Yoga was for movie stars. Growing up in Cebu, yoga always had an exotic, glamorous cache. You could imagine a free spirit like Goldie Hawn or Jane Fonda doing it in an ashram, but it definitely was not something normal people did. Lola or yaya did not do yoga after their siestas. Personally, “yoga” always had the dual qualities of being both repellent and attractive. On the one hand, I associated yoga with being either hippydippy and stoner or for rich housewives with too much time on their hands. Yet, for me, yoga also conjured up positive images of peacefulness, self-awareness, and good living. My conflicted attitude towards yoga is the reason that I waited till I was thirty before I first gave it a go.
A Careful Introduction to Bending
I started tentatively. I was intimidated by all my friends who had suddenly become lithe and bendy women. I am a very unstretchable man, more stout oak than elegant bamboo. And like with most things I am not sure about, I started in my bedroom with a YouTube video. A lovely, middle aged Dutch woman commanded me to pose while uttering a bunch of Sanskrit words in soothing Northern European tones. Apparently I needed a brick, but I did not have a brick handy in my bedroom (who does?), so I used a big university textbook instead. Despite being very much beginner’s yoga, I found it difficult. A gym goer for years, I had never held my body in these seemingly unnatural positions. The whole exercise only took about seven minutes, but I found it tiring and sometimes torturing.
The next day I felt the pain in my abs and glutes much more than any gym workout I had ever had. This was a very good sign to me. It meant I got a proper workout. I was not about to start doing yoga properly though, because I lived in England. Yoga classes were very expensive and overcrowded. But when I moved to Cebu, an old friend who had transformed into a graceful yogini offered me a class as a birthday gift. I jumped at the chance, remembering the benefits I had felt before and forgetting the lack of comfort. Plus, my friend, as an intelligent and trained teacher, could help me with my past problems and I was very comfortable looking silly in front of her. A few of us convened at my house for an afternoon sesh, and my positive approach was easily gratified. While it was tougher than the last time, (it was much longer), I felt amazing afterwards. Sweat poured off me on my open air patio. I could feel the fat melting off, and the normal endorphin buzz you get from any exercise was in full buzz mode. Furthermore, at the end of the exercise, my friend led us in a Shavasana meditation that was very de-stressing. No other exercise I have tried ever made me feel this great.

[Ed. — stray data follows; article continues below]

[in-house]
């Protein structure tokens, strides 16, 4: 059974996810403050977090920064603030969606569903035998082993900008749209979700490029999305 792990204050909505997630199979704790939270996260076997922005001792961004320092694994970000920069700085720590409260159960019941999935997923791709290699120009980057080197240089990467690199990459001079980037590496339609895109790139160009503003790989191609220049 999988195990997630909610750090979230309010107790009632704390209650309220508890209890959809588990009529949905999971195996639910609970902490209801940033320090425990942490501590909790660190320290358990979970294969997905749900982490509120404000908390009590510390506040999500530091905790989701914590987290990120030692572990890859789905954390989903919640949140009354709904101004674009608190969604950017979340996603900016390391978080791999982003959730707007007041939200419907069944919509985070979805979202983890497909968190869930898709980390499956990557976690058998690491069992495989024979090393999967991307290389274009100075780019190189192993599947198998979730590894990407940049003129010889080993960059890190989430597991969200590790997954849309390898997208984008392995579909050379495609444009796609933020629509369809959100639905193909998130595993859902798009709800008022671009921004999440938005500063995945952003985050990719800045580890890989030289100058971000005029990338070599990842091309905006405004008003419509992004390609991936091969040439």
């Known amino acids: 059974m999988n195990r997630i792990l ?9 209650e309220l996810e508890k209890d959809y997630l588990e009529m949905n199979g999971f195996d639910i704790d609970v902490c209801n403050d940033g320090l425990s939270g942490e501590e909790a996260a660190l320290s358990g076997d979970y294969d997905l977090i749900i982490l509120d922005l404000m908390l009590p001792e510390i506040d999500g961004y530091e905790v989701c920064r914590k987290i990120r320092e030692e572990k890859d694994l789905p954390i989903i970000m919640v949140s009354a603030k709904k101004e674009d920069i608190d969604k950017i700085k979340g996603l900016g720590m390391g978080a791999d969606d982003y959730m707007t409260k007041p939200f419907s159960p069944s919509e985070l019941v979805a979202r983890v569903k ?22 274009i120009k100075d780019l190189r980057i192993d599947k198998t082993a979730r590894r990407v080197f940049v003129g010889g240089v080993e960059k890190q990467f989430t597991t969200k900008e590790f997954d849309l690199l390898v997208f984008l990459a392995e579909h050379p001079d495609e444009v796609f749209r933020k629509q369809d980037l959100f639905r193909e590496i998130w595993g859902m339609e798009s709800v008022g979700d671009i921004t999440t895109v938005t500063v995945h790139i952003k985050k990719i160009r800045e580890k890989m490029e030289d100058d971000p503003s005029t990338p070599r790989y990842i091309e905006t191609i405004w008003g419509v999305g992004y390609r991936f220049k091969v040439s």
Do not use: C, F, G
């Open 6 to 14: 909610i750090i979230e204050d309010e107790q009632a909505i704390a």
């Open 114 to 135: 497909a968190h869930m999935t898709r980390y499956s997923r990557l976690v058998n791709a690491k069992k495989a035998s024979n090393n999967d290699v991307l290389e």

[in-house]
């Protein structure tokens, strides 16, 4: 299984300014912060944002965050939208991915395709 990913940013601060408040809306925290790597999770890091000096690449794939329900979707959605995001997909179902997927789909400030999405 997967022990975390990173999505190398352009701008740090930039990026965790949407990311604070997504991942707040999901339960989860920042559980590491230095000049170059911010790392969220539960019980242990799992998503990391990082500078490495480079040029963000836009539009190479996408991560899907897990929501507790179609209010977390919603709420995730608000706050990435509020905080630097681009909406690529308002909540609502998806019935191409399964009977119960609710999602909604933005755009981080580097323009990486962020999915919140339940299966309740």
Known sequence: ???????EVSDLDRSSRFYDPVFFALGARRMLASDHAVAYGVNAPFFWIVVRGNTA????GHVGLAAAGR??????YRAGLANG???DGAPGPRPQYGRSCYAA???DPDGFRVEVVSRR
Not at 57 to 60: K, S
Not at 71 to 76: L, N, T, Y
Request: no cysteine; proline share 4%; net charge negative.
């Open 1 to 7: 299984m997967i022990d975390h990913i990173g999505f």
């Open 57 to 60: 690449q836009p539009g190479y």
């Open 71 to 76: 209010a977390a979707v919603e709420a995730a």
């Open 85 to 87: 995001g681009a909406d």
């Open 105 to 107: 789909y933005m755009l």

YogaHub, a Great Place for Those Wanting to Learn
A few months later I decided to try out a studio. With the experience with my friend I knew I could do it, even if ungracefully, and I heard a lot of good things about this particular studio. YogaHub, located in Banilad Town Center, is one of the best known yoga centers in Cebu and is very involved with educating Cebuanos about yoga, reaching out with many events throughout the years. (At the moment, they are in the middle of a 21 Day Yoga Challenge). The studio is also very light and clean, and it feels like a great place to practice yoga. I went to a beginner’s class with the very experienced teacher called Bernadette.
Bernadette started practicing yoga in 2010. Always a very active person, Bernadette would try out every class in her gym: Kickboxing, Zumba, Step. However, she would skip yoga because she thought it was too slow. Eventually, she gave it a shot since she had tried everything else, believing it would be easy. She was wrong. Yoga challenged her, so she felt she should go back and learn more about it. That was it. She started going to every class. During that time, there were only two classes a week in her gym, so she started practicing at home as well, thanks to a yoga video she had. After two years, she joined a teacher training course with a YogaWorks teacher from LA in Manila to deepen her practice. She then started teaching a beginner’s class and is now one of Cebu’s most experienced teachers.